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Lay Catholic Voices for Change gather to pray

Under the pavilion on Spruce Street, in the cold drizzle, over 30 members from various Catholic churches in the region joined together for their second annual prayer service for the victims of clerical sexual abuse under former Bishop Michael Bransfield. The service was to pray for healing and well-being.

“It’s letting victims know that they’re not forgotten,” said Frances Brownfield, a member of St. Francis de Sales Catholic Church.

Brownfield added that the prayer service was a way to “channel anger” and to “get some good out of the way they’re feeling.”

The service was part of a movement hosted by Lay Catholic Voices for Change, a religious organization based in Morgantown.

Patricia Schaeffer, member of St. Luke Catholic Church, felt personally compelled to get more involved as someone of the Catholic faith.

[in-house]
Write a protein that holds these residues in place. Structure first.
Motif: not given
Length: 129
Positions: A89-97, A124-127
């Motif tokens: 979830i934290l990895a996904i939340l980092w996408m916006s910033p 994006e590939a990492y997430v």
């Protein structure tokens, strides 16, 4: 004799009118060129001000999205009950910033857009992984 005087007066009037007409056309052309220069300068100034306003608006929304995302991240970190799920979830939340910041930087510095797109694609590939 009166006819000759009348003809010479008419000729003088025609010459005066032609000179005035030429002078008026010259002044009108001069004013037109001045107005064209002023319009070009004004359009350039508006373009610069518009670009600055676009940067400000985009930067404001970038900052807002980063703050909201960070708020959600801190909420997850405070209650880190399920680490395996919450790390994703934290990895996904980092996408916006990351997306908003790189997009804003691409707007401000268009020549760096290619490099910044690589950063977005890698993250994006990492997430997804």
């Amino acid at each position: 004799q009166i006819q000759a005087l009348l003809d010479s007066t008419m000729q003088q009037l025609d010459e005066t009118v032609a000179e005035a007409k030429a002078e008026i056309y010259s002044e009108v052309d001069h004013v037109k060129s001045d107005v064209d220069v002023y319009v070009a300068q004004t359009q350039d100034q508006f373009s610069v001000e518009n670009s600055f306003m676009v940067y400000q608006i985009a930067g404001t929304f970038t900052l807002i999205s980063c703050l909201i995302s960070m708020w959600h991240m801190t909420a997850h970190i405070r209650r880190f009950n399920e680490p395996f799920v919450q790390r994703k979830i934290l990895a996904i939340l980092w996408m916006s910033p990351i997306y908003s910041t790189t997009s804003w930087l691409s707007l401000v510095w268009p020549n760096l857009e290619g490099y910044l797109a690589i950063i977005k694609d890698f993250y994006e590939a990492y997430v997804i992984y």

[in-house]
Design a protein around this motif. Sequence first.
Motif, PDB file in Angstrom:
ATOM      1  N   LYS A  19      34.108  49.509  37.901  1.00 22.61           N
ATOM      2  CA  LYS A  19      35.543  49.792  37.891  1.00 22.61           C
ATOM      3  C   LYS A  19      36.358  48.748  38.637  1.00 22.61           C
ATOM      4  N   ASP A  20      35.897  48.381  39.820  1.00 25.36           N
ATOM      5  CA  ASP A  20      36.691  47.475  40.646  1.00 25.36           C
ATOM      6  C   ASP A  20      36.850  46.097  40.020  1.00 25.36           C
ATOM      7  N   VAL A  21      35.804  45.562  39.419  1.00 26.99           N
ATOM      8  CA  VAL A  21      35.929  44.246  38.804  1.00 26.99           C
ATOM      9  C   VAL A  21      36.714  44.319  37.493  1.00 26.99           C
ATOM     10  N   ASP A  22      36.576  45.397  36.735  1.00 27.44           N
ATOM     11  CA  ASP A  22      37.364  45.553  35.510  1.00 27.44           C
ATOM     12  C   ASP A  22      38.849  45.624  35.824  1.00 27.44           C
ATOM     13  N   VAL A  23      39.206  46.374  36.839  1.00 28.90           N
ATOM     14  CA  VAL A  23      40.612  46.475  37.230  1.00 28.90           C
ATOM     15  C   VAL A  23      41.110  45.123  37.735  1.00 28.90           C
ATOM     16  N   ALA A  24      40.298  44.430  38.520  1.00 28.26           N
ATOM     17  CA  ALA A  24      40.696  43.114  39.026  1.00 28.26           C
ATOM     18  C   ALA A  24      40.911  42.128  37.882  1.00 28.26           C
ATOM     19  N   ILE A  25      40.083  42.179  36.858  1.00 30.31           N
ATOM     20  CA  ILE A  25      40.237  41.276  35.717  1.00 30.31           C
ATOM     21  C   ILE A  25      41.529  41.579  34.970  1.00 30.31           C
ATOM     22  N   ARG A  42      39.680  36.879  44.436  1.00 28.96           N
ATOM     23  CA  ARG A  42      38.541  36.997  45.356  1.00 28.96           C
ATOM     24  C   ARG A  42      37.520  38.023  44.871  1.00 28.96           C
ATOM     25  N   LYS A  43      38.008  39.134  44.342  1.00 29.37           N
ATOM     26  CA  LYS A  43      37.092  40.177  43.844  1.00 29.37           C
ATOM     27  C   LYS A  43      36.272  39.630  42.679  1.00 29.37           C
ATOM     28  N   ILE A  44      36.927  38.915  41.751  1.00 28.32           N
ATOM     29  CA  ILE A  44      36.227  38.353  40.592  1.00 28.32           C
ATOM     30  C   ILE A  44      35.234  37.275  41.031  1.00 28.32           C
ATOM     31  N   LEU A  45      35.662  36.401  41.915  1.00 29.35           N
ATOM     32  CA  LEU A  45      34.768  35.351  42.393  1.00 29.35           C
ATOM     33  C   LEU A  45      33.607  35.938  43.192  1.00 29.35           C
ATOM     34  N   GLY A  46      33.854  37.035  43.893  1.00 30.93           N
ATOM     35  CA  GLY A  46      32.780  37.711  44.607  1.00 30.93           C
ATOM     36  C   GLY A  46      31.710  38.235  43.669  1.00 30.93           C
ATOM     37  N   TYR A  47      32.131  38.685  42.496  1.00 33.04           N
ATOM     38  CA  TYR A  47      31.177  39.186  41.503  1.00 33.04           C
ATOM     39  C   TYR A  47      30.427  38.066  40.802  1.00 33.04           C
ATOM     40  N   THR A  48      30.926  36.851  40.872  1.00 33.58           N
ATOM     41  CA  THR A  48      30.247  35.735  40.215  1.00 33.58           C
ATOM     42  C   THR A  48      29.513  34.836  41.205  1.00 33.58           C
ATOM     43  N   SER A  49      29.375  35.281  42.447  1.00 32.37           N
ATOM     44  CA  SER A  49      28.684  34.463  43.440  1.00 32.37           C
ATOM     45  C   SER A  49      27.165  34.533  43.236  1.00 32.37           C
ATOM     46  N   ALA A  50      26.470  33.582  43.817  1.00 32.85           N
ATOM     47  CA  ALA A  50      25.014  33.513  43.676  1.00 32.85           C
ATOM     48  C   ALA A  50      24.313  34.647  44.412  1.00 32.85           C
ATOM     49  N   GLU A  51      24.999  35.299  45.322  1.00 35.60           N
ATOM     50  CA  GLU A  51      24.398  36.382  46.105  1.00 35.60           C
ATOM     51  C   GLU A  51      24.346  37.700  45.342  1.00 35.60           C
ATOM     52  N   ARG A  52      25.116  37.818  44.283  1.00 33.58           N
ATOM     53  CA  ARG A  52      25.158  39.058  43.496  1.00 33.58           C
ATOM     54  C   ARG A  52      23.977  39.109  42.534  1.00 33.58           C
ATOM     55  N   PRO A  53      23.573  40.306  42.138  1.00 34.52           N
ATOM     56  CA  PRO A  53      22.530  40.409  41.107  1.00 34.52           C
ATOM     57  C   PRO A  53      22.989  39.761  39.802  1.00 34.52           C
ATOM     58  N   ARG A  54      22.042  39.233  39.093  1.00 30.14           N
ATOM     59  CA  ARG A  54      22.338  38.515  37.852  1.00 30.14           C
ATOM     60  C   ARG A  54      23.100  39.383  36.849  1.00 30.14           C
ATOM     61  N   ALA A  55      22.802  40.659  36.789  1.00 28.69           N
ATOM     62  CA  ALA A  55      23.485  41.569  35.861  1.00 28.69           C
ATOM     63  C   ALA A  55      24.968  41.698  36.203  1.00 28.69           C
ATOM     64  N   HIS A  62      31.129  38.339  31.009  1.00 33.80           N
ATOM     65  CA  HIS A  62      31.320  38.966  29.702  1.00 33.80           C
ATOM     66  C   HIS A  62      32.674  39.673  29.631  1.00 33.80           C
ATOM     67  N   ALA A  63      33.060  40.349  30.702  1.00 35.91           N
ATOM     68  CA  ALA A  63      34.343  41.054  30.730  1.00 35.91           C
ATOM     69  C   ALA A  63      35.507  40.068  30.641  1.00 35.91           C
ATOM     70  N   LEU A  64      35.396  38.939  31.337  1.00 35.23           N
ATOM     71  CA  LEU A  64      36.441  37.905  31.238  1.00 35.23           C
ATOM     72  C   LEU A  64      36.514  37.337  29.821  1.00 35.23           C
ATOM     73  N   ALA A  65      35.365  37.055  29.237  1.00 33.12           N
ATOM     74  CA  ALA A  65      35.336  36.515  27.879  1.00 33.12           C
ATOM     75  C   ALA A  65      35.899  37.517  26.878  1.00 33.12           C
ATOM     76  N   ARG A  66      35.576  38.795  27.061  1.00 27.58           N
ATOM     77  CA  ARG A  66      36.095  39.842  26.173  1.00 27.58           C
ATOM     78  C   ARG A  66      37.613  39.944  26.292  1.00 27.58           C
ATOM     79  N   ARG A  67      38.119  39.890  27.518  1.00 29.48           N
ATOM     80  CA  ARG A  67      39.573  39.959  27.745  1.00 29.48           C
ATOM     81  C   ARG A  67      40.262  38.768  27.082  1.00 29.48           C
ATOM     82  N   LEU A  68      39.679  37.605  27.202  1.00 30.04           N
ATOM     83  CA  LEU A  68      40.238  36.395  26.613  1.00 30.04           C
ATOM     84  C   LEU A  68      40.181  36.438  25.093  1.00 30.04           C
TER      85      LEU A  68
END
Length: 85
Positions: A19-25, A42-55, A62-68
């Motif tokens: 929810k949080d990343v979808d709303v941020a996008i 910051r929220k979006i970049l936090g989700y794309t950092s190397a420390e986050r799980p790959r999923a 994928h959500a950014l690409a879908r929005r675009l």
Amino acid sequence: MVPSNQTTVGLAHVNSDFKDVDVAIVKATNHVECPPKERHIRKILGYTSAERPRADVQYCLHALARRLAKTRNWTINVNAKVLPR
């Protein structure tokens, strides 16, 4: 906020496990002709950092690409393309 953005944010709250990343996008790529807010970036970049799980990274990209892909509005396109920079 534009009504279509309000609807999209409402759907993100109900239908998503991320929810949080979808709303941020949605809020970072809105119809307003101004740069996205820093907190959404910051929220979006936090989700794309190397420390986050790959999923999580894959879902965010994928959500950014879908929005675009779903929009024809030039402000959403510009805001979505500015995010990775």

“I’m hoping to promote further steps of healing … that they know there are many of us here in support of them that care about them,” Schaeffer said. “It’s a way to help me come to terms with it.”

Tiffany Morgan/The Dominion Post
Several members of Catholic churches around the region gathered for the Lay Catholic Voices for Change prayer service.

The proclamation of Lay Catholic Voices for Change stated, “We will not let this culture of abuse continue to be swept under the rug, silenced and ignored. We will not stand silent. We will let it be known that this is the age when the laity will rise up in the time of deep crisis to help Christ and His Church.

“We cannot let the Church forget that this is unacceptable. We continue to work towards justice and healing. The damage of these sins ripple through generations and it will take many years of prayer, dedication and action to overcome. We work within our diocese by building initiatives and lay involvement and by joining other larger groups to keep a vigilant eye on church leadership.”

Lori Brooks, member of St. Mary Roman Catholic Church, said the prayer service gives those of Catholic faith an opportunity to try to understand what the victims went through.

“We’re holding this prayer service so that we can open ourselves to join in the suffering of those who were abused and harassed,” Brooks said. “Through prayer, we open ourselves to the guidance of Jesus to what compassionate actions we need to take to heal.”

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